then do
                loadedMessages <- runDB $ selectList [ NewsId ==. mId
                                                     , NewsFactionId ==. fId ] [ Asc NewsDate ]
                if length loadedMessages == 0
                    then apiNotFound
                    else runDB $ update mId [ NewsContent =. (toStrict $ encodeToLazyText article) ]
            else apiForbidden "unsupported article type"
    loadAllMessages fId

Resolving event

Special event occured, user made (or did not) a choice. Now it’s time to simulate what happens. Below is resolveEvent for kragii attack.

resolveEvent keyEventPair (Just choice) =
    runWriterT . runMaybeT $
        case choice of
                EvadeWorms ->
                    chooseToAvoid keyEventPair

                AttackWorms ->
                    chooseToAttack keyEventPair

                TameWorms ->
                    chooseToTame keyEventPair

resolveEvent keyEventPair Nothing =
    runWriterT . runMaybeT $ noChoice keyEventPair

runWriterT and runMaybeT are used as code being called uses monad transformers to add some extra handling. WriterT adds ability to record data (KragiiResult in this case) and MaybeT adds ability to stop computation early if one of the steps return Nothing value.

Let’s walk through what happens when user has chosen to avoid kragii worms and keep working only part of the fields. First step is to load faction information. If faction couldn’t be found, we abort. Next amount of biological matter consumed and how much is left is calculated. Again, if calculation isn’t possible, we’ll abort. This step reaches into database and updates amount of biological matter stored by the faction (again, possibility to stop early). Final step is to check if kragii leave or not (again, chance of abort).

chooseToAvoid :: ( MonadIO m, PersistQueryWrite backend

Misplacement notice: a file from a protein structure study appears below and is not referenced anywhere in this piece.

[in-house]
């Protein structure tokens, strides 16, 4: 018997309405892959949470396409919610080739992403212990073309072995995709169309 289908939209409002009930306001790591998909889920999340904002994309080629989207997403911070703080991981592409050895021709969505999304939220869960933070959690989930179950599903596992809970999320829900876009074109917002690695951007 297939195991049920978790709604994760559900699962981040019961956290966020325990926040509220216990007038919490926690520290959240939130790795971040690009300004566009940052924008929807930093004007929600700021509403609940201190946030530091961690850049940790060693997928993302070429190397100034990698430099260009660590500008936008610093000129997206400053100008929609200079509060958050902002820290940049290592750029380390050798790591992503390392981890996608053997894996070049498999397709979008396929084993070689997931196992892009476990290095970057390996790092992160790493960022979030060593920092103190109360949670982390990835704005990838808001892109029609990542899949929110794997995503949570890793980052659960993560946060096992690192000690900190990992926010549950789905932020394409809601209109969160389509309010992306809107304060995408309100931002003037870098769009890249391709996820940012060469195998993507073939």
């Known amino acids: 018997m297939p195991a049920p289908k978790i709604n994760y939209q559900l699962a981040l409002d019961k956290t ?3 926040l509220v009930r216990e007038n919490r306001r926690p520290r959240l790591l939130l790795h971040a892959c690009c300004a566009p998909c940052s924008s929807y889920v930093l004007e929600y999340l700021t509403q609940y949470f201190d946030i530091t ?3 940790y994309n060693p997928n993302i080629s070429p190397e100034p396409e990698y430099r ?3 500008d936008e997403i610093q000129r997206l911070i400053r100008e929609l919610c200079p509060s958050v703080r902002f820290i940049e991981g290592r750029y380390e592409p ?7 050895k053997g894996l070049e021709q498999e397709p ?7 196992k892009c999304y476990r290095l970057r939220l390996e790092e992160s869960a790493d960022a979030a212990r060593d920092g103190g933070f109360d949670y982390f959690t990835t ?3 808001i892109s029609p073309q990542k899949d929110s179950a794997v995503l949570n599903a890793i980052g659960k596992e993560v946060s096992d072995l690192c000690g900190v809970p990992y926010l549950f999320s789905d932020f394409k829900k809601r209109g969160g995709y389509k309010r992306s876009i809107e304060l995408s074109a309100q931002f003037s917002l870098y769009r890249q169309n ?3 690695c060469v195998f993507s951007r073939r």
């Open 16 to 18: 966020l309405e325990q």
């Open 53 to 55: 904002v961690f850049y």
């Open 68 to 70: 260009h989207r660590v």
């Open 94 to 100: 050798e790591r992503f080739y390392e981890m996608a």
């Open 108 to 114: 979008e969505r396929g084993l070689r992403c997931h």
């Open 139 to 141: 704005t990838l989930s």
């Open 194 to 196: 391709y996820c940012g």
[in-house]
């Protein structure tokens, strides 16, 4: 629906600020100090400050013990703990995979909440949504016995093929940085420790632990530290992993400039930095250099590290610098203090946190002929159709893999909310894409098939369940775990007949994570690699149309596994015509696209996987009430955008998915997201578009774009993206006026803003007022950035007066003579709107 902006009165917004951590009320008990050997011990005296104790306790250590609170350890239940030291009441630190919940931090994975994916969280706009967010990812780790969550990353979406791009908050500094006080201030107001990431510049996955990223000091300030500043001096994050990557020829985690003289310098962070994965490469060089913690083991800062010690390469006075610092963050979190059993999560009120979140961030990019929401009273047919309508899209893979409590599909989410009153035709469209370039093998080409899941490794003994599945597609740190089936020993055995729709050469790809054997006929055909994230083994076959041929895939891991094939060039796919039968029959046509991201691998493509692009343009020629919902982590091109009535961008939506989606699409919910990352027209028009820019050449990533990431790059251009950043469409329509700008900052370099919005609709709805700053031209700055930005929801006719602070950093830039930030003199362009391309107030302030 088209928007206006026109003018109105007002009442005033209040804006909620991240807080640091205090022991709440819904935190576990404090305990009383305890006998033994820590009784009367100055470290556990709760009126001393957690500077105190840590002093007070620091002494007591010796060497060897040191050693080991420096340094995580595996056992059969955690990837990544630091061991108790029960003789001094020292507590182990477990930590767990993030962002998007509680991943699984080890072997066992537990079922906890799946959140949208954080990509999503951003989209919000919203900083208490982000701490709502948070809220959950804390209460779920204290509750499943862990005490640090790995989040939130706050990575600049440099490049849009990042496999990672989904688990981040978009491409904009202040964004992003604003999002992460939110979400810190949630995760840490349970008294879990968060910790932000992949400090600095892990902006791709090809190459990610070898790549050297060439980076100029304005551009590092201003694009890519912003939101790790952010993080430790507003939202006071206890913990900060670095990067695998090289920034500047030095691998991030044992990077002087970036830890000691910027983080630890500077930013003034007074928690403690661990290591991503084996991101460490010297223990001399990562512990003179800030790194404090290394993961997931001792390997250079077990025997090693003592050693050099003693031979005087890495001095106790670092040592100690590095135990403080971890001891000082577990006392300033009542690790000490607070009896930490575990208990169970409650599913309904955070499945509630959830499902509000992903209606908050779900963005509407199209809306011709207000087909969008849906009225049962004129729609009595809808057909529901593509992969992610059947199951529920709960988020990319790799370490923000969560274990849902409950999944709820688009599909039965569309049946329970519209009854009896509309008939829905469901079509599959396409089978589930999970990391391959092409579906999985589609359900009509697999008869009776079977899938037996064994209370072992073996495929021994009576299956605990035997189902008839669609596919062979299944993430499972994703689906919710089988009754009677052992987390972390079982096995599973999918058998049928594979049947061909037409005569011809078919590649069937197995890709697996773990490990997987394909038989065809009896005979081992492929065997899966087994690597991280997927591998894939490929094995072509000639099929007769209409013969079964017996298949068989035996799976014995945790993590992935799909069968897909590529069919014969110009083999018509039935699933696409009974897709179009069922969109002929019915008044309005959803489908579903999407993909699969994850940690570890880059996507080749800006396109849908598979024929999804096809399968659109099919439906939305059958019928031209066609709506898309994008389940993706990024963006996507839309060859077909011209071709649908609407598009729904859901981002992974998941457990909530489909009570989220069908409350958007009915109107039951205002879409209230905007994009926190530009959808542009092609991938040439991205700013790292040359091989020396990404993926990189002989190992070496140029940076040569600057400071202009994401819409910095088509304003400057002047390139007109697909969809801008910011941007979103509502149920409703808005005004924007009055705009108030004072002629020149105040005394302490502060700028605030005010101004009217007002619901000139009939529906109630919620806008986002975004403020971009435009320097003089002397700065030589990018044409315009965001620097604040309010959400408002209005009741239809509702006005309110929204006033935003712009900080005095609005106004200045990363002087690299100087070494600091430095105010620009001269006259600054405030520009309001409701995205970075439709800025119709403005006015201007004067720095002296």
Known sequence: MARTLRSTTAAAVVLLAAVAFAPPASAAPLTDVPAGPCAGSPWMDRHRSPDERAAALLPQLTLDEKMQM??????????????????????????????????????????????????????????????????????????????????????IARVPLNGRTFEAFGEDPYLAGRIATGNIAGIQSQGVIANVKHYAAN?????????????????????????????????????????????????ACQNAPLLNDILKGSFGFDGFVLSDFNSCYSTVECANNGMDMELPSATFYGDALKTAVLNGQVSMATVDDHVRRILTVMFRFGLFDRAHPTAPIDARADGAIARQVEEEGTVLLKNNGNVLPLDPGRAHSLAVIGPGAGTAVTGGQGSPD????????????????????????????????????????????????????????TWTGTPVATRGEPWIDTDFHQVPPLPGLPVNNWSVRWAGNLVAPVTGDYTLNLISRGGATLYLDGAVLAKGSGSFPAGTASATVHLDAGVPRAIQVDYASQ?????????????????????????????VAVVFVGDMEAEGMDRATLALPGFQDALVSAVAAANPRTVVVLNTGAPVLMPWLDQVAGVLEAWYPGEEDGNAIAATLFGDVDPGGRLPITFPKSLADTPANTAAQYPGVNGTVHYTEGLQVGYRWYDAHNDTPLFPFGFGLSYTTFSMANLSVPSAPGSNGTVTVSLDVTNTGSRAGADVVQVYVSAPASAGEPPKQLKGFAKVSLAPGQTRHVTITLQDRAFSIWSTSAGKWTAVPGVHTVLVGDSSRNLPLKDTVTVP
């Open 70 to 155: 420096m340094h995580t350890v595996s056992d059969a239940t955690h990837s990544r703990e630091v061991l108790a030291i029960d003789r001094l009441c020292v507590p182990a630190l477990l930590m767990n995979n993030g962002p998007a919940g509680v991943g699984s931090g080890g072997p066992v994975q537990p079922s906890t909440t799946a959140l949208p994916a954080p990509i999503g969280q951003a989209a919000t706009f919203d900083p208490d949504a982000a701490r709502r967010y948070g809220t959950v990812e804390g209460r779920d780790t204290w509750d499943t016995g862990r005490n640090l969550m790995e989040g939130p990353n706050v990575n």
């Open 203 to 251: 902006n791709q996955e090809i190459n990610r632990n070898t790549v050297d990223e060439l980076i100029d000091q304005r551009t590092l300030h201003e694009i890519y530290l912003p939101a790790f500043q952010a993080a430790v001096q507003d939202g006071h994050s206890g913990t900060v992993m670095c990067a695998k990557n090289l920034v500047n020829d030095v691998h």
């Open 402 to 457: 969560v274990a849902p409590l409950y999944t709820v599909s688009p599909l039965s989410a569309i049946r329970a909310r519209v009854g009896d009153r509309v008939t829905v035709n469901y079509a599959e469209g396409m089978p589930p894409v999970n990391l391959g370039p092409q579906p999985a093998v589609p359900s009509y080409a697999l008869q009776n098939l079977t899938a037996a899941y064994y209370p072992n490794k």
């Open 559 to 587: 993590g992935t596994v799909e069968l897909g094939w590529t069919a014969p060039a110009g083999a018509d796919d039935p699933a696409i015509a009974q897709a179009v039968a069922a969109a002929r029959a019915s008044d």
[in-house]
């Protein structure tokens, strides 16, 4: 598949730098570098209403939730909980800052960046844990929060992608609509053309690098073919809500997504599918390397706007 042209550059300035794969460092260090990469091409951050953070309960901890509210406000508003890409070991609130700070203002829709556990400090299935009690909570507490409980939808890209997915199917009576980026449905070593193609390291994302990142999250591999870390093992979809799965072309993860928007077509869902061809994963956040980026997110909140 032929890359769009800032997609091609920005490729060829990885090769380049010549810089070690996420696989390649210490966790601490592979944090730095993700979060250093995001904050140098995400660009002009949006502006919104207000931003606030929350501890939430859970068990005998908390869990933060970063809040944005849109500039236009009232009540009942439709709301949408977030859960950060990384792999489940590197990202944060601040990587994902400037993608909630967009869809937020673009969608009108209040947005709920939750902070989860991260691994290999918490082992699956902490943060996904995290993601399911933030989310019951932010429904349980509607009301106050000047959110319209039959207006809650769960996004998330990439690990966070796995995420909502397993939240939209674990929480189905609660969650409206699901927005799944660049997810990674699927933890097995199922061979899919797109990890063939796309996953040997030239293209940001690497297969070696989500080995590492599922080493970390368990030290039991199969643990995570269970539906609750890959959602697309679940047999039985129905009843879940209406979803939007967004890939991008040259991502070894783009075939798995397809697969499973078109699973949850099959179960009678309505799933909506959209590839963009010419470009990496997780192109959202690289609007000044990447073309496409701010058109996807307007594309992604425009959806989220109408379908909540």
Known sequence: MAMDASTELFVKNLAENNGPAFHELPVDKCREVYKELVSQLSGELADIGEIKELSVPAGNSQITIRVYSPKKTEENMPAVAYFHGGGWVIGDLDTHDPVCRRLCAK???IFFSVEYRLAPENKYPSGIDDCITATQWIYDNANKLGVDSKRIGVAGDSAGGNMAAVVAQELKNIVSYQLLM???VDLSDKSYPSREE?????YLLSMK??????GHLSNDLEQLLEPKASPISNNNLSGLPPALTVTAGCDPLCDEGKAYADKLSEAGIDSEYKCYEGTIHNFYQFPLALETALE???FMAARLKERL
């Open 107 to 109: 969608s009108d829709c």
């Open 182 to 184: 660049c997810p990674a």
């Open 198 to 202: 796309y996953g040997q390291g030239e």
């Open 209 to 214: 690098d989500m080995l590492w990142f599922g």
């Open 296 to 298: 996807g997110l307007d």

, BaseBackend backend ~ SqlBackend ) =>
                 (Key News, KragiiWormsEvent)
                 -> MaybeT (WriterT [KragiiResults] (ReaderT backend m)) EventRemoval
chooseToAvoid (_, event) = do
    faction <- getFaction event
    (cost, bioLeft) <- calculateNewBio (RawResource 50) (entityVal faction)
    _ <- destroyCrops faction cost bioLeft
    removeNews $ PercentileChance 25

Loading faction has several step. Id is stored in the event is used to load planet. Planet might or might have an owner faction, depending on if it has been settled. This faction id is used to load faction data. Loading might fail if corresponding record has been removed from database and planet might not be settled at the given time. Any of these cases will result Nothing be returned and whole event resolution being aborted. I’m starting to really like that I don’t have to write separate if statements to take care of these special cases.

getFaction :: ( MonadIO m, PersistStoreRead backend
              , BaseBackend backend ~ SqlBackend ) =>
              KragiiWormsEvent
              -> MaybeT (WriterT [KragiiResults] (ReaderT backend m)) (Entity Faction)
getFaction event = MaybeT $ do
    planet <- lift $ get $ kragiiWormsPlanetId event